As a general rule of labour law, the employee works during the notice period. During the notice period, both employee and employer have the same duties as before, i.e. not permitted to change working hours, projects or responsibility, to name but a few examples.
The employer has permission to release the employee from work during the notice period and is obliged to pay the agreed benefits until the notice period is over.
Parties are permitted to negotiate a shorter notice period, in which case the remaining time is not necessarily paid. If a shorter notice period is negotiated, it is important to do so in writing.
According to the collective wage agreement, employers are obliged to enter into a written employment contract with employees. If that part of the collective wage agreement is disregarded, it has no effect on the legal position of parties since all provisions of the collective wage agreement apply, resulting in both parties being bound by right to notice according to the collective wage agreement.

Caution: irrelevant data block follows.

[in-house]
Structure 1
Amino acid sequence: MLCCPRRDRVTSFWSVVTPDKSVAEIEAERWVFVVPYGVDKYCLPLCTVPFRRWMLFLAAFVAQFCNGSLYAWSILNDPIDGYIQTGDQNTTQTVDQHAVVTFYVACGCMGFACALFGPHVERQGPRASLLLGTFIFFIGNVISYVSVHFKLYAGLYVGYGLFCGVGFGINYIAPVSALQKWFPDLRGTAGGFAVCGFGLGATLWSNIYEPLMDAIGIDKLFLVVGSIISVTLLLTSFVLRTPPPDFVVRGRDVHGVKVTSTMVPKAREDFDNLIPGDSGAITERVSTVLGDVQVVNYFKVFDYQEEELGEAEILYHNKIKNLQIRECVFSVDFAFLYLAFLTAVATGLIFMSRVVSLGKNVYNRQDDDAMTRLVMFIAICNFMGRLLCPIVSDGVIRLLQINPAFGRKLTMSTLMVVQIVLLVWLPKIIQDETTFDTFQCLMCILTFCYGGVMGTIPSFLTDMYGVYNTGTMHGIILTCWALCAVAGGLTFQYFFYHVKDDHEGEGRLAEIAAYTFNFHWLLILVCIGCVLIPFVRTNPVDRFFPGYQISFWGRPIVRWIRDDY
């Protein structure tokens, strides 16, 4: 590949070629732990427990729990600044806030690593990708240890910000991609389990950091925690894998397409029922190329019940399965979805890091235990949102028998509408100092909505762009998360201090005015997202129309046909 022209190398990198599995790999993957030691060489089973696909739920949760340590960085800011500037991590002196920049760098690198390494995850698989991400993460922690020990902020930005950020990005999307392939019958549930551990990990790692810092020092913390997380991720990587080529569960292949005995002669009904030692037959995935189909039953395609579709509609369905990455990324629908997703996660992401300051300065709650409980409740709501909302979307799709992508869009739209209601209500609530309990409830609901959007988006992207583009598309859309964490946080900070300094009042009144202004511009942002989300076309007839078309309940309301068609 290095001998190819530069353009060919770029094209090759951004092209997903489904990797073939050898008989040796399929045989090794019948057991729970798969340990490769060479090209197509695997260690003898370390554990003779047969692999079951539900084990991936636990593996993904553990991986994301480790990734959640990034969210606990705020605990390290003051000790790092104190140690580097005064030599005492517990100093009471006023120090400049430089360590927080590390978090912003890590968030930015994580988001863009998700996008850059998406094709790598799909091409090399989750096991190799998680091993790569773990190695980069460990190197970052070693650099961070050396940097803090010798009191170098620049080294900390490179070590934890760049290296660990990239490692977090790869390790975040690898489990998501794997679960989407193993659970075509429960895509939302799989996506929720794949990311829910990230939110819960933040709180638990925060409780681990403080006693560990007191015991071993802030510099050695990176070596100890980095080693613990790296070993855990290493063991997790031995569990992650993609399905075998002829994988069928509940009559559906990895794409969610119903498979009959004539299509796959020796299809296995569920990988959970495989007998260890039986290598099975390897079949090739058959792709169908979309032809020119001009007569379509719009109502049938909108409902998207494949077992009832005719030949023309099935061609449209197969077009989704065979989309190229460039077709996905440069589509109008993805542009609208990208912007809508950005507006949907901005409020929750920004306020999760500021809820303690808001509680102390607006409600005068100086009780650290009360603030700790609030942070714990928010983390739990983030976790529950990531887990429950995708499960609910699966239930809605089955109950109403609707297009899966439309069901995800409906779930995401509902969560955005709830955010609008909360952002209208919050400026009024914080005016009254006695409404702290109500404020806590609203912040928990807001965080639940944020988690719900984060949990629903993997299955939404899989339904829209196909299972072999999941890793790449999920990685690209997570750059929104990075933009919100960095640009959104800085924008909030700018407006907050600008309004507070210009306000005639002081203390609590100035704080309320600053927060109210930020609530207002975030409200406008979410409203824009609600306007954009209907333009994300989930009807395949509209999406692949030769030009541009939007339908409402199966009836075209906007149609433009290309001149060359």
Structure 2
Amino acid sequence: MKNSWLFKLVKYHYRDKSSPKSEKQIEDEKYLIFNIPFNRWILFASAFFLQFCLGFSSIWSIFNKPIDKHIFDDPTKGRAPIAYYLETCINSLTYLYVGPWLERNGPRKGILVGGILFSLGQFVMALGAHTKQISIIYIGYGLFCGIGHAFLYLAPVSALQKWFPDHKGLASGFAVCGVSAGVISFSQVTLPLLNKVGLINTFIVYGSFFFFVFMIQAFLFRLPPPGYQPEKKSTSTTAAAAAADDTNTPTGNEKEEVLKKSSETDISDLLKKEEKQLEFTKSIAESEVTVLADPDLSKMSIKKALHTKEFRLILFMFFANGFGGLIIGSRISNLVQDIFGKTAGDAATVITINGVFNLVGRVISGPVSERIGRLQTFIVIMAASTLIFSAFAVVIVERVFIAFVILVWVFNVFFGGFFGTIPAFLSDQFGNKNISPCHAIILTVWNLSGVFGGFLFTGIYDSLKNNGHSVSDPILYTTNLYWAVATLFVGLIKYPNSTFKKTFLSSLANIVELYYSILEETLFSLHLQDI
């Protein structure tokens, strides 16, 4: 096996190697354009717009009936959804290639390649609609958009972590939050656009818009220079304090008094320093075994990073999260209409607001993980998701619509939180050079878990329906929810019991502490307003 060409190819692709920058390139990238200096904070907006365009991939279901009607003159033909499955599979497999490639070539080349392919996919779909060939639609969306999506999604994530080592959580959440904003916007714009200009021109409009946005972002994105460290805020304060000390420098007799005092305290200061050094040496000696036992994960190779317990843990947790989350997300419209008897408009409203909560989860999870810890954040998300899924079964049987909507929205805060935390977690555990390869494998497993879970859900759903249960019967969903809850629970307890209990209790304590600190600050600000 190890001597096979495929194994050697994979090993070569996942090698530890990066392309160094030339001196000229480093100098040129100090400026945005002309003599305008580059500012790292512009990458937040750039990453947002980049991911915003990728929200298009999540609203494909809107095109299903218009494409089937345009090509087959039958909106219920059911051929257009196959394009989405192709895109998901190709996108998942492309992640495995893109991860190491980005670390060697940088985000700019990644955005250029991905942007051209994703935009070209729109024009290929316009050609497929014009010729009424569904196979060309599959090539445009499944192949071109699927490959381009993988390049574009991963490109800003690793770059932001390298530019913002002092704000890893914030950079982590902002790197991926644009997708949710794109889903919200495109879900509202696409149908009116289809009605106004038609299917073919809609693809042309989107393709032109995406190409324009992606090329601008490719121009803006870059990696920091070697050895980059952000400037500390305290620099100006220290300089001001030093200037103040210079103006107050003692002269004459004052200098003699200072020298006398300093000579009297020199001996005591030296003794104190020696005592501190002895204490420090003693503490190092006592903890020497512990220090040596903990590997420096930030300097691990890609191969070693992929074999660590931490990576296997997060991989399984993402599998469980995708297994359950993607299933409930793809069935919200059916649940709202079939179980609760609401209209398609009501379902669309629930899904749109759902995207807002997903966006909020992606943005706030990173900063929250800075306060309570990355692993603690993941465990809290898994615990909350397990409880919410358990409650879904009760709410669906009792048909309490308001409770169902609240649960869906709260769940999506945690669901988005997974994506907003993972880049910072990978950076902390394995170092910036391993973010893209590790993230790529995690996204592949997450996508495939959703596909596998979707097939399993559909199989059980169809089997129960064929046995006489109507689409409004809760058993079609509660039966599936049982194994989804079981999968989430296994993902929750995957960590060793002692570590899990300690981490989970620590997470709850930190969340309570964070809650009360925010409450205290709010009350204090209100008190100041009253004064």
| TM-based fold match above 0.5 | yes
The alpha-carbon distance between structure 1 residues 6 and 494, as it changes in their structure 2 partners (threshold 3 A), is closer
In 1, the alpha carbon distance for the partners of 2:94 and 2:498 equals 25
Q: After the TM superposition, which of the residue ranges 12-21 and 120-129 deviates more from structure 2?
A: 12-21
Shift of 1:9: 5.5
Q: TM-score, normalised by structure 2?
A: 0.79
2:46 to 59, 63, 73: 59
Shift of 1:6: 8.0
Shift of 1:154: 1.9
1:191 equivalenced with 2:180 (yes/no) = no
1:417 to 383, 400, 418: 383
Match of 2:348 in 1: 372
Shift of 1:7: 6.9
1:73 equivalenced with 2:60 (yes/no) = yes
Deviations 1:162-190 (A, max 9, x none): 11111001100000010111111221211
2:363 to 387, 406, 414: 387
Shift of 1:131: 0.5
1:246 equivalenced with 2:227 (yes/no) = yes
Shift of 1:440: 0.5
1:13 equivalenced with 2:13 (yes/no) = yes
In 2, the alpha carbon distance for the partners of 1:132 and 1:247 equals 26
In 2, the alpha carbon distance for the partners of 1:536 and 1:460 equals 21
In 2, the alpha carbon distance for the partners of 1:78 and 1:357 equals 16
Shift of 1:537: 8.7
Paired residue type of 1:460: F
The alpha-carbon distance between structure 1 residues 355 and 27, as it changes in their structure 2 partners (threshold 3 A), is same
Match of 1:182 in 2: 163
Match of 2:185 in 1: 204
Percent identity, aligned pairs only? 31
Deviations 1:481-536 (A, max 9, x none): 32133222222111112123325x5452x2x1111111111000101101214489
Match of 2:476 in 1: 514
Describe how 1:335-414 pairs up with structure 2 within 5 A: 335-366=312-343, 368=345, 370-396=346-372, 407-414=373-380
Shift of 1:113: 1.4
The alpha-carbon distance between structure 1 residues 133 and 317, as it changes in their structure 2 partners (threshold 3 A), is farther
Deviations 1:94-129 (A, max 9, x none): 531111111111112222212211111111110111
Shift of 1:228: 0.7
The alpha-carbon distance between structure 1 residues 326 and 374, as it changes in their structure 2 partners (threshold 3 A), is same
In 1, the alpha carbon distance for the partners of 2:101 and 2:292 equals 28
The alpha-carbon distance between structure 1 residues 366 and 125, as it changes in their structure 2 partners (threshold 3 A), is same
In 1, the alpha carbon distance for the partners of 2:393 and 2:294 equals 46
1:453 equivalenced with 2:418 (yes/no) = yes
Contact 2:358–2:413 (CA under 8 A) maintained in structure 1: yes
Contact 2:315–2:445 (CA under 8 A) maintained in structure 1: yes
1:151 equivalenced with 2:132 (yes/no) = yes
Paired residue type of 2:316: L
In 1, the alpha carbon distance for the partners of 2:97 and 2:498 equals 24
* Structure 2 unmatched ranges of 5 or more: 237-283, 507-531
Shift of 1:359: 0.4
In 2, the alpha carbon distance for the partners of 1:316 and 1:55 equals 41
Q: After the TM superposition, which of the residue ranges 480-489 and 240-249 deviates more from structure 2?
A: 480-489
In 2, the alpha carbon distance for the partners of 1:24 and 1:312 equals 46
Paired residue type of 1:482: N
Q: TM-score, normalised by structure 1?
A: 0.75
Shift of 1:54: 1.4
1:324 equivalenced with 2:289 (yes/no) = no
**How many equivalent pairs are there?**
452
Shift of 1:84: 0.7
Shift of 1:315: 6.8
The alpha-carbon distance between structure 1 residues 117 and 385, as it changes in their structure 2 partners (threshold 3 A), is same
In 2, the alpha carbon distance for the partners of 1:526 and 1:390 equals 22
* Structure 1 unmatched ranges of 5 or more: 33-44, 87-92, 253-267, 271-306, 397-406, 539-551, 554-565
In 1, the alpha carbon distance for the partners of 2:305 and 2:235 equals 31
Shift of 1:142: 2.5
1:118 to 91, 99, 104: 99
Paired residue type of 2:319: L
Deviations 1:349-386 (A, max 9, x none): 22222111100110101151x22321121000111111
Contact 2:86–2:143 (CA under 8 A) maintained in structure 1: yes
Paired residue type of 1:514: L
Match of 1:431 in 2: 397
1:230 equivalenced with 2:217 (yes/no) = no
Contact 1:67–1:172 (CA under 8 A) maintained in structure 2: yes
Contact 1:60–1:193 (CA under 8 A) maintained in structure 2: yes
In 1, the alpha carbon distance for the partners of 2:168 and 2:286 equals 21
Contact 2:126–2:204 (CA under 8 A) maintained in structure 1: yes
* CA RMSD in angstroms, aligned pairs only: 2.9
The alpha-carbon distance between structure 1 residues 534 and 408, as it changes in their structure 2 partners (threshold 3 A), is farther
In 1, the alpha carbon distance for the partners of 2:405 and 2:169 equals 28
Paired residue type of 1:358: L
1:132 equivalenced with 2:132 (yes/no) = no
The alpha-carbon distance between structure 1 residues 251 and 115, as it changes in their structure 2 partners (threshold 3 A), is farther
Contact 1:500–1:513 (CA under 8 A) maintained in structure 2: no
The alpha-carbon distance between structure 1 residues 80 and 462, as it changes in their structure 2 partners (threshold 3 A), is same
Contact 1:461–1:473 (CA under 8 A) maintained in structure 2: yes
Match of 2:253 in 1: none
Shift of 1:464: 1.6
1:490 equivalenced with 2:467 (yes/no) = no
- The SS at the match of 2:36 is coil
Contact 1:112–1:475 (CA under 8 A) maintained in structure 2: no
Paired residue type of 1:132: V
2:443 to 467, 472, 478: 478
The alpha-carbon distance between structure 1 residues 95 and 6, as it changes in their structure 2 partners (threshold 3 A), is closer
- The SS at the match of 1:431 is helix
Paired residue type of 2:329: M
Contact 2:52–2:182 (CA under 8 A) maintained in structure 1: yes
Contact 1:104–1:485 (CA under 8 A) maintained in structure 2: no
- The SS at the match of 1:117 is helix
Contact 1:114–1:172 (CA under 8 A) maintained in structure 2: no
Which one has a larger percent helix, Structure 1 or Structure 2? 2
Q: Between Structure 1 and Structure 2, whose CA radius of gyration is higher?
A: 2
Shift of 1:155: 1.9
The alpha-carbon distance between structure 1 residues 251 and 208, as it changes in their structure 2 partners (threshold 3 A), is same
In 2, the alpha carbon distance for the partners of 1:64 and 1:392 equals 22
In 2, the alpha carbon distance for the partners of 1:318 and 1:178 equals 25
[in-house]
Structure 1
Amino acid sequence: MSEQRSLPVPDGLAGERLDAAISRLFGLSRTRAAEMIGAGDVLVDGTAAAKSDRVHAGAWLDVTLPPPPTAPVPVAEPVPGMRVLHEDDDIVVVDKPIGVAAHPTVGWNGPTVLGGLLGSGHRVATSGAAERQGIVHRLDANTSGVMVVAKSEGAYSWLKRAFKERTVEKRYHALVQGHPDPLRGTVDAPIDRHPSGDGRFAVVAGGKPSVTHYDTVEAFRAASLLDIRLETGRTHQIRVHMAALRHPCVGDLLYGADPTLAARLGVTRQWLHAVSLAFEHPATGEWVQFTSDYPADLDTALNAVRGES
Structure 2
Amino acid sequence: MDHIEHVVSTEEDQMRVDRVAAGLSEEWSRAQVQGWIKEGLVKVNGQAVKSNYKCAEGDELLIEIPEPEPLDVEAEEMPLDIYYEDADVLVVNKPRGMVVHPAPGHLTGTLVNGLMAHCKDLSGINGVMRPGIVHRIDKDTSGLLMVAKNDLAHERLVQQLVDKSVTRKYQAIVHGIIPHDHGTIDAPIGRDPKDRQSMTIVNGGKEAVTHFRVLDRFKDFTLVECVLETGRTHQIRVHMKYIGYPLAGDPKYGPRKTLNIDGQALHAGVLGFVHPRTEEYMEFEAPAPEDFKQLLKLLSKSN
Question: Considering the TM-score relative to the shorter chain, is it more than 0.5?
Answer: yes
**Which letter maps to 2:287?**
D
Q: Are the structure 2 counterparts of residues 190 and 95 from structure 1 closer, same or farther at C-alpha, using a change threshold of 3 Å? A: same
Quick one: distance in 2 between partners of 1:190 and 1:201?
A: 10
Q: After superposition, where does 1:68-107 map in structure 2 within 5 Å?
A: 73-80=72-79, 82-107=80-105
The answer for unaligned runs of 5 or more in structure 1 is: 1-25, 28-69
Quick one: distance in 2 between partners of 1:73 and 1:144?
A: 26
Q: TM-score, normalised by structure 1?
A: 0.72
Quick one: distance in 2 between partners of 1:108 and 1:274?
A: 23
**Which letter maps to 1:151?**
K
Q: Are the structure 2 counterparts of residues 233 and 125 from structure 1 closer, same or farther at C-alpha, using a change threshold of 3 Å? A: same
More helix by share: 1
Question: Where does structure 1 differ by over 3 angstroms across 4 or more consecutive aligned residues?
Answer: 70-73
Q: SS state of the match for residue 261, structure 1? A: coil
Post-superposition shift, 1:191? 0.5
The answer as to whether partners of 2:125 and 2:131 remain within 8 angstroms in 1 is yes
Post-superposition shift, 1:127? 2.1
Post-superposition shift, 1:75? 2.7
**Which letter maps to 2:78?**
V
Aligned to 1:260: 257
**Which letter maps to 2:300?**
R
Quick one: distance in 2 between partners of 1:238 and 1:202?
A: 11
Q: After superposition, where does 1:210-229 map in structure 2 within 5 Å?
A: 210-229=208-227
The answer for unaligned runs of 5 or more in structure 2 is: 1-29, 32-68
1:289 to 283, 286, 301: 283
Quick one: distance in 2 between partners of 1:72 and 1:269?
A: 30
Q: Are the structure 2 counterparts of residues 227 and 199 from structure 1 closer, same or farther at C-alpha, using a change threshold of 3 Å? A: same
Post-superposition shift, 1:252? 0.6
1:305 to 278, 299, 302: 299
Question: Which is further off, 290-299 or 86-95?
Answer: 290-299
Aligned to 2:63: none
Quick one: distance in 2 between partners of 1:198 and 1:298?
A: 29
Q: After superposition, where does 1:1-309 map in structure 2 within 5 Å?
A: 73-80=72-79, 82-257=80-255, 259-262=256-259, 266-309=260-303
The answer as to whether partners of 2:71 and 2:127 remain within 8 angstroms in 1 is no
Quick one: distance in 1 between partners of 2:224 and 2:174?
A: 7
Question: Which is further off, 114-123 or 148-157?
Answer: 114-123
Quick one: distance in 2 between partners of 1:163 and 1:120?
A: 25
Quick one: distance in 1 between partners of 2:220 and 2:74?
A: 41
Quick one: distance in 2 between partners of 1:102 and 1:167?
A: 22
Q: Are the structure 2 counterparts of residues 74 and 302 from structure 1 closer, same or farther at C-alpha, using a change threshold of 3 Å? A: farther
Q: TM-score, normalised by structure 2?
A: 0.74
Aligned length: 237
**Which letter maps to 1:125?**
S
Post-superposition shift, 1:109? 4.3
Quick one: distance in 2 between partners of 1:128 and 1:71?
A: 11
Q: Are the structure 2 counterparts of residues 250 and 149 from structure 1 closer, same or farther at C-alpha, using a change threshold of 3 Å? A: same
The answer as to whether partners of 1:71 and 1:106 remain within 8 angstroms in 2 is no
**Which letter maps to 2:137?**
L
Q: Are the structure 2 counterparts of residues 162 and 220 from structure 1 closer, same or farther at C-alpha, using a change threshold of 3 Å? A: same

Any termination of employment shall be in writing and in the same language as the employment contract of the employee. Courts have determined that verbal terminations of employment are valid. In the event of dispute, it can be difficult to prove the termination, and it is therefore important that parties perform the termination in accordance with the collective wage agreement, i.e. make sure it is clear and in writing.
Yes, the physical age of employee effects the notice period if the employee has worked for at least 10 continuous years with the same employer. The notice period of termination varies depending on age:
- Past 55 years of age, the notice period is 4 months.
- Past 60 years of age, the notice period is 5 months.
- Past 63 years of age, the notice period is 6 months.
The employee, on the other hand, may give 3 months’ notice on resignation.
Yes, there is nothing in the collective wage agreement that prohibits terminating the employment of employees during sick leave. The termination can never limit the contractual rights of the employee as defined in the collective wage agreement. This applies to both sick-leave rights and rights regarding work accidents.